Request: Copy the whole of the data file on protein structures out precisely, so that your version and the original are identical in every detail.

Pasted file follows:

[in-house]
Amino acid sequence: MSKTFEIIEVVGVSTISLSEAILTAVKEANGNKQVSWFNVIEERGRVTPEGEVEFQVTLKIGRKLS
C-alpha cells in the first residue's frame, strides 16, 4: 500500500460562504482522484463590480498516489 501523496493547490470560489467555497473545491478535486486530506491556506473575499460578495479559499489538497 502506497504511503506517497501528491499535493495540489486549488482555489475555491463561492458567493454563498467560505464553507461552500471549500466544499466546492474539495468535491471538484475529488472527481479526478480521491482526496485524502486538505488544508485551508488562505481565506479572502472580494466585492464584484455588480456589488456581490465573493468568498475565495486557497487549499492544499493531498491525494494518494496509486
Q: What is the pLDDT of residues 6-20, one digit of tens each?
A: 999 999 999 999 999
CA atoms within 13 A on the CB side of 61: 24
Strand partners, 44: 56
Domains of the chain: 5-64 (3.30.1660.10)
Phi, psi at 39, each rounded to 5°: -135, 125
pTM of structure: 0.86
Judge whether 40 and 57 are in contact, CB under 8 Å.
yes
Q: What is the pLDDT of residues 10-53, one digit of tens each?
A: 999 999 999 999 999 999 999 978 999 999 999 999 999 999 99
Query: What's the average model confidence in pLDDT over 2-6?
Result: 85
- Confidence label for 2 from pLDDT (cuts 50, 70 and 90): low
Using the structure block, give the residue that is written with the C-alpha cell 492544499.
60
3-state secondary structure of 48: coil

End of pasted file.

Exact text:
[in-house]
Amino acid sequence: MSKTFEIIEVVGVSTISLSEAILTAVKEANGNKQVSWFNVIEERGRVTPEGEVEFQVTLKIGRKLS
C-alpha cells in the first residue's frame, strides 16, 4: 500500500460562504482522484463590480498516489 501523496493547490470560489467555497473545491478535486486530506491556506473575499460578495479559499489538497 502506497504511503506517497501528491499535493495540489486549488482555489475555491463561492458567493454563498467560505464553507461552500471549500466544499466546492474539495468535491471538484475529488472527481479526478480521491482526496485524502486538505488544508485551508488562505481565506479572502472580494466585492464584484455588480456589488456581490465573493468568498475565495486557497487549499492544499493531498491525494494518494496509486
Q: What is the pLDDT of residues 6-20, one digit of tens each?
A: 999 999 999 999 999
CA atoms within 13 A on the CB side of 61: 24
Strand partners, 44: 56
Domains of the chain: 5-64 (3.30.1660.10)
Phi, psi at 39, each rounded to 5°: -135, 125
pTM of structure: 0.86
Judge whether 40 and 57 are in contact, CB under 8 Å.
yes
Q: What is the pLDDT of residues 10-53, one digit of tens each?
A: 999 999 999 999 999 999 999 978 999 999 999 999 999 999 99
Query: What's the average model confidence in pLDDT over 2-6?
Result: 85
- Confidence label for 2 from pLDDT (cuts 50, 70 and 90): low
Using the structure block, give the residue that is written with the C-alpha cell 492544499.
60
3-state secondary structure of 48: coil